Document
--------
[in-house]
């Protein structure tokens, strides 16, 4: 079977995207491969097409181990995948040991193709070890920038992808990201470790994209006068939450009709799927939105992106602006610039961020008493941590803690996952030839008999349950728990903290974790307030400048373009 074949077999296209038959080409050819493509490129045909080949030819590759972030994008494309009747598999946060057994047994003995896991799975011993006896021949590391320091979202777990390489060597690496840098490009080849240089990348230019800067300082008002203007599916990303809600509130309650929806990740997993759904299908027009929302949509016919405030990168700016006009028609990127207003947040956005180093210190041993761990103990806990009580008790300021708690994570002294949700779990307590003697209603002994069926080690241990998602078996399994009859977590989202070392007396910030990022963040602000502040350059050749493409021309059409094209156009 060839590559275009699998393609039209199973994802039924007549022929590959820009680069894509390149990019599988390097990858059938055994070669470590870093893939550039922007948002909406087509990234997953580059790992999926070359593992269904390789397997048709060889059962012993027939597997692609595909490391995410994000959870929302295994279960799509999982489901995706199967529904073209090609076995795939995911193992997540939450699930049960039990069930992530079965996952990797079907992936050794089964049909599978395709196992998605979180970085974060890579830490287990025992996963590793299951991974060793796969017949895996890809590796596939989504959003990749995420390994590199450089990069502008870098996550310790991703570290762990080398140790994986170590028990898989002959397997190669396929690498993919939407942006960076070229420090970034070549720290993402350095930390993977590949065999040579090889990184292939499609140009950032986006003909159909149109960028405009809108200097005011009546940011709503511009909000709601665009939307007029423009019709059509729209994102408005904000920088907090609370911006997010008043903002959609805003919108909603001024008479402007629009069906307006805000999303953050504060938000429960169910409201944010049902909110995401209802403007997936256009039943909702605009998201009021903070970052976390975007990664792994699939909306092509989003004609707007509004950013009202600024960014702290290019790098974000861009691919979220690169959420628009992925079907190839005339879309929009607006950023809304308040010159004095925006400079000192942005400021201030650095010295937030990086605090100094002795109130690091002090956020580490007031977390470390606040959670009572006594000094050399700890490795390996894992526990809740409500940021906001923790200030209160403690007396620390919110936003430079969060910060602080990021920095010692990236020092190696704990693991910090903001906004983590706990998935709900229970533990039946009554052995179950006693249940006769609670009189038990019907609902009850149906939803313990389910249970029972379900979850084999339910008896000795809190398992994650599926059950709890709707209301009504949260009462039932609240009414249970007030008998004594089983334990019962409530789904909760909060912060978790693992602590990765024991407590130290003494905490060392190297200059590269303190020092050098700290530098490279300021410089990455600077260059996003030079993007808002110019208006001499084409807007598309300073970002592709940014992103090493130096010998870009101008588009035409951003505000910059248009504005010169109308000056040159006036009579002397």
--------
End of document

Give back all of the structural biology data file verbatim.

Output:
[in-house]
């Protein structure tokens, strides 16, 4: 079977995207491969097409181990995948040991193709070890920038992808990201470790994209006068939450009709799927939105992106602006610039961020008493941590803690996952030839008999349950728990903290974790307030400048373009 074949077999296209038959080409050819493509490129045909080949030819590759972030994008494309009747598999946060057994047994003995896991799975011993006896021949590391320091979202777990390489060597690496840098490009080849240089990348230019800067300082008002203007599916990303809600509130309650929806990740997993759904299908027009929302949509016919405030990168700016006009028609990127207003947040956005180093210190041993761990103990806990009580008790300021708690994570002294949700779990307590003697209603002994069926080690241990998602078996399994009859977590989202070392007396910030990022963040602000502040350059050749493409021309059409094209156009 060839590559275009699998393609039209199973994802039924007549022929590959820009680069894509390149990019599988390097990858059938055994070669470590870093893939550039922007948002909406087509990234997953580059790992999926070359593992269904390789397997048709060889059962012993027939597997692609595909490391995410994000959870929302295994279960799509999982489901995706199967529904073209090609076995795939995911193992997540939450699930049960039990069930992530079965996952990797079907992936050794089964049909599978395709196992998605979180970085974060890579830490287990025992996963590793299951991974060793796969017949895996890809590796596939989504959003990749995420390994590199450089990069502008870098996550310790991703570290762990080398140790994986170590028990898989002959397997190669396929690498993919939407942006960076070229420090970034070549720290993402350095930390993977590949065999040579090889990184292939499609140009950032986006003909159909149109960028405009809108200097005011009546940011709503511009909000709601665009939307007029423009019709059509729209994102408005904000920088907090609370911006997010008043903002959609805003919108909603001024008479402007629009069906307006805000999303953050504060938000429960169910409201944010049902909110995401209802403007997936256009039943909702605009998201009021903070970052976390975007990664792994699939909306092509989003004609707007509004950013009202600024960014702290290019790098974000861009691919979220690169959420628009992925079907190839005339879309929009607006950023809304308040010159004095925006400079000192942005400021201030650095010295937030990086605090100094002795109130690091002090956020580490007031977390470390606040959670009572006594000094050399700890490795390996894992526990809740409500940021906001923790200030209160403690007396620390919110936003430079969060910060602080990021920095010692990236020092190696704990693991910090903001906004983590706990998935709900229970533990039946009554052995179950006693249940006769609670009189038990019907609902009850149906939803313990389910249970029972379900979850084999339910008896000795809190398992994650599926059950709890709707209301009504949260009462039932609240009414249970007030008998004594089983334990019962409530789904909760909060912060978790693992602590990765024991407590130290003494905490060392190297200059590269303190020092050098700290530098490279300021410089990455600077260059996003030079993007808002110019208006001499084409807007598309300073970002592709940014992103090493130096010998870009101008588009035409951003505000910059248009504005010169109308000056040159006036009579002397």